And not just the giddy followers who stand outside most venues just because they eat*, sleep, dream, breathe fashion — I mean the serious critics and buyers and editors with busy schedules and well-honed "been there, seen that" attitudes. Raf Simons' show took place a solid half-hour bus ride outside Paris at the Gagosian Gallery (which is actually in an old airport hanger). Yes, everyone took a little coach trip. What fun!

His collection featured simple (but refined) shapes, short shorts and onesies, and lots of graphic, Pop Art-style digital prints. Also, he entrusted his models with their own styling.

*This word used here in the metaphorical sense only, obviously.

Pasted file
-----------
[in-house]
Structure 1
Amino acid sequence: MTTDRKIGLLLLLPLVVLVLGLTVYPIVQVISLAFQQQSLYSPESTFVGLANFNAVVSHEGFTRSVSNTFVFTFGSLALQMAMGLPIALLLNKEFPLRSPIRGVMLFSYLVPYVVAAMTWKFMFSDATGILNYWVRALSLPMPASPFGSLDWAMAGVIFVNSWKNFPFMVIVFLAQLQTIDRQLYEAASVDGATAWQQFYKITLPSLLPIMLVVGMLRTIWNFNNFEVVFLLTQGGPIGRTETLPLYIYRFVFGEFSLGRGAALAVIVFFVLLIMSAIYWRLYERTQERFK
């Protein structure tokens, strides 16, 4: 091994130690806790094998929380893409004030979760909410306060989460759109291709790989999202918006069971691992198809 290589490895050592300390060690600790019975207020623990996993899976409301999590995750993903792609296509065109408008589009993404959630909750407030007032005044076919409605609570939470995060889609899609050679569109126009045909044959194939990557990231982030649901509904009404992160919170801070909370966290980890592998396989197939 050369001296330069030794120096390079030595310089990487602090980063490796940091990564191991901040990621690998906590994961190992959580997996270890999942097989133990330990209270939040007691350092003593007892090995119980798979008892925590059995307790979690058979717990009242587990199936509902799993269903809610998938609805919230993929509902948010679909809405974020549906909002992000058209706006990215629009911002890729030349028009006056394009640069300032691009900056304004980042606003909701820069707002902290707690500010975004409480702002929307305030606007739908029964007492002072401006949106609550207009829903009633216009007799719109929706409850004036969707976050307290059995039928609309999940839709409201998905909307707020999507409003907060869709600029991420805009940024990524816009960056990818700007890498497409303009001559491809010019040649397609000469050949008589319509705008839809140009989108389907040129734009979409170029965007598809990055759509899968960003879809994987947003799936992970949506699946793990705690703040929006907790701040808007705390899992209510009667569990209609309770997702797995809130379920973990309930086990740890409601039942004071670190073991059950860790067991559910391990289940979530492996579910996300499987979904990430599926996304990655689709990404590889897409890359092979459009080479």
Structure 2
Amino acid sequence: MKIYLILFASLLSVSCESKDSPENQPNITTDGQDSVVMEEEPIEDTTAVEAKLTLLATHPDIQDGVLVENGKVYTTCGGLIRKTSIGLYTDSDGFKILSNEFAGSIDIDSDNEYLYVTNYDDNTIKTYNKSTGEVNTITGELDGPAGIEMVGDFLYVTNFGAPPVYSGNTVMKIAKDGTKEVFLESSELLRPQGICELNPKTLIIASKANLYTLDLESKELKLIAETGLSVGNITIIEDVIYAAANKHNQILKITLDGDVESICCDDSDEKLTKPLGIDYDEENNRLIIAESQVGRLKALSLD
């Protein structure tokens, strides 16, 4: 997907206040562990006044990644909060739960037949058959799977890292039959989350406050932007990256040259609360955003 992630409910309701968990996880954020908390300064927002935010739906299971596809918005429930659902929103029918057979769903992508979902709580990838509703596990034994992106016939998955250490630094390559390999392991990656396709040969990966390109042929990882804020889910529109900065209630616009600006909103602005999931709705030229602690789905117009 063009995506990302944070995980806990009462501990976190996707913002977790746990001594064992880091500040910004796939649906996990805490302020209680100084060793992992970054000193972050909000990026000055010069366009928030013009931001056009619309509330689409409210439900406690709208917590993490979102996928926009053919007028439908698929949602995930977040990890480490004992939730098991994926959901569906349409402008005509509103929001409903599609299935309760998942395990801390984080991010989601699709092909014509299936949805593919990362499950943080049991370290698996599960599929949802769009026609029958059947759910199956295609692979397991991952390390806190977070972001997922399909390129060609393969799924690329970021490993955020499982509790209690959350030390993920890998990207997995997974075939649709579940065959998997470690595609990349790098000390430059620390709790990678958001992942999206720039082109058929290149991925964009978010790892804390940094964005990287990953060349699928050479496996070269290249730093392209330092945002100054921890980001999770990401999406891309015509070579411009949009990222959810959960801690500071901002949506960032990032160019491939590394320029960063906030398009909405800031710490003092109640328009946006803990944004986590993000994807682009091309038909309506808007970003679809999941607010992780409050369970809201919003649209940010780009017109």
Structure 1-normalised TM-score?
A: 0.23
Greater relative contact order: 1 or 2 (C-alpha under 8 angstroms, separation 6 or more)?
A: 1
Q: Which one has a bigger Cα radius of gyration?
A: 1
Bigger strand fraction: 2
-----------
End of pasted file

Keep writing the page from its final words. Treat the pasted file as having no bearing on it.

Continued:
11. Veteran fashion editor Suzy Menkes dropped some transphobic slurs at Saint Laurent.

Jacopo Raule / Getty Images

Walking into the show's venue, I found myself jostling in line just behind Menkes. She was talking with her assistant and British GQ's fashion editor Jo Levin. And ahead of us all: a group of prototypical Saint Laurent club kids, the types who've come to revere Hedi Slimane's high/low grunge aesthetic. One member of the group appeared to have caught Menkes' attention in particular — a very tall, very skinny and androgynous-looking guy with slightly curly shoulder length hair. He was wearing a little lipstick, a gold chain, and a silk scarf draped and tied diagonally across his torso (exposing a prominent ribcage and a lot of porcelain skin).

Rolling her eyes, Menkes remarked loudly, "look, there's some trannies up ahead."